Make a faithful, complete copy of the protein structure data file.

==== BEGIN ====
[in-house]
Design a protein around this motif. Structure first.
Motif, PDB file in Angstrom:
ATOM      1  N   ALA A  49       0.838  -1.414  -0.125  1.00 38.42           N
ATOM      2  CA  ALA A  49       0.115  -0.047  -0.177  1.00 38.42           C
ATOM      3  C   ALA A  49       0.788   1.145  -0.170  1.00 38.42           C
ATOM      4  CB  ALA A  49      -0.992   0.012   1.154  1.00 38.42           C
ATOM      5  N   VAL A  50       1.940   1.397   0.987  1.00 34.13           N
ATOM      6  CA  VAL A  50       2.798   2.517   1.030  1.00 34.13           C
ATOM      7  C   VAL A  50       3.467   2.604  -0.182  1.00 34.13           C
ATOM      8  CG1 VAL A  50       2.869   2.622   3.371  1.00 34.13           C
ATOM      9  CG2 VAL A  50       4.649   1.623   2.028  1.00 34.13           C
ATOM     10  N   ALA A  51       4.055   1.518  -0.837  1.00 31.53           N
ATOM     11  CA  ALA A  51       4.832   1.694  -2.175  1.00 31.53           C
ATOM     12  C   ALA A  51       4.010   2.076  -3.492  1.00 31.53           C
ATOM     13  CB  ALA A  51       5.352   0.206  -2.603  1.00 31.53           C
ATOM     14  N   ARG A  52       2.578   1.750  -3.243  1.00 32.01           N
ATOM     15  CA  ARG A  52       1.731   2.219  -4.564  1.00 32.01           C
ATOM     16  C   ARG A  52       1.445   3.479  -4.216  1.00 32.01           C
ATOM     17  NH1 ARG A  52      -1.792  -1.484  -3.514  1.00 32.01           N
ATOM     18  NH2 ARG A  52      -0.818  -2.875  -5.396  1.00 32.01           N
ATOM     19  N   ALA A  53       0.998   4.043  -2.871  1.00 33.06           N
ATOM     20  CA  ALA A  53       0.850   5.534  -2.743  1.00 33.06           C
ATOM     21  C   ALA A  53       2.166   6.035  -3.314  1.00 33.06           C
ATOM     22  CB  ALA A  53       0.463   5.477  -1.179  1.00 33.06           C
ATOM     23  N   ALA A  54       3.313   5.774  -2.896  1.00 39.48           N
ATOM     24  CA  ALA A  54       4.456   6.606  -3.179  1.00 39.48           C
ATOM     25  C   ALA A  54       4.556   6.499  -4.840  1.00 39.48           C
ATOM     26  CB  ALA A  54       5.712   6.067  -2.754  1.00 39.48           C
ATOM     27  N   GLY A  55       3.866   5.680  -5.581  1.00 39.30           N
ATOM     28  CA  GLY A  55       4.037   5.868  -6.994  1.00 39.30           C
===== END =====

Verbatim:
[in-house]
Design a protein around this motif. Structure first.
Motif, PDB file in Angstrom:
ATOM      1  N   ALA A  49       0.838  -1.414  -0.125  1.00 38.42           N
ATOM      2  CA  ALA A  49       0.115  -0.047  -0.177  1.00 38.42           C
ATOM      3  C   ALA A  49       0.788   1.145  -0.170  1.00 38.42           C
ATOM      4  CB  ALA A  49      -0.992   0.012   1.154  1.00 38.42           C
ATOM      5  N   VAL A  50       1.940   1.397   0.987  1.00 34.13           N
ATOM      6  CA  VAL A  50       2.798   2.517   1.030  1.00 34.13           C
ATOM      7  C   VAL A  50       3.467   2.604  -0.182  1.00 34.13           C
ATOM      8  CG1 VAL A  50       2.869   2.622   3.371  1.00 34.13           C
ATOM      9  CG2 VAL A  50       4.649   1.623   2.028  1.00 34.13           C
ATOM     10  N   ALA A  51       4.055   1.518  -0.837  1.00 31.53           N
ATOM     11  CA  ALA A  51       4.832   1.694  -2.175  1.00 31.53           C
ATOM     12  C   ALA A  51       4.010   2.076  -3.492  1.00 31.53           C
ATOM     13  CB  ALA A  51       5.352   0.206  -2.603  1.00 31.53           C
ATOM     14  N   ARG A  52       2.578   1.750  -3.243  1.00 32.01           N
ATOM     15  CA  ARG A  52       1.731   2.219  -4.564  1.00 32.01           C
ATOM     16  C   ARG A  52       1.445   3.479  -4.216  1.00 32.01           C
ATOM     17  NH1 ARG A  52      -1.792  -1.484  -3.514  1.00 32.01           N
ATOM     18  NH2 ARG A  52      -0.818  -2.875  -5.396  1.00 32.01           N
ATOM     19  N   ALA A  53       0.998   4.043  -2.871  1.00 33.06           N
ATOM     20  CA  ALA A  53       0.850   5.534  -2.743  1.00 33.06           C
ATOM     21  C   ALA A  53       2.166   6.035  -3.314  1.00 33.06           C
ATOM     22  CB  ALA A  53       0.463   5.477  -1.179  1.00 33.06           C
ATOM     23  N   ALA A  54       3.313   5.774  -2.896  1.00 39.48           N
ATOM     24  CA  ALA A  54       4.456   6.606  -3.179  1.00 39.48           C
ATOM     25  C   ALA A  54       4.556   6.499  -4.840  1.00 39.48           C
ATOM     26  CB  ALA A  54       5.712   6.067  -2.754  1.00 39.48           C
ATOM     27  N   GLY A  55       3.866   5.680  -5.581  1.00 39.30           N
ATOM     28  CA  GLY A  55       4.037   5.868  -6.994  1.00 39.30           C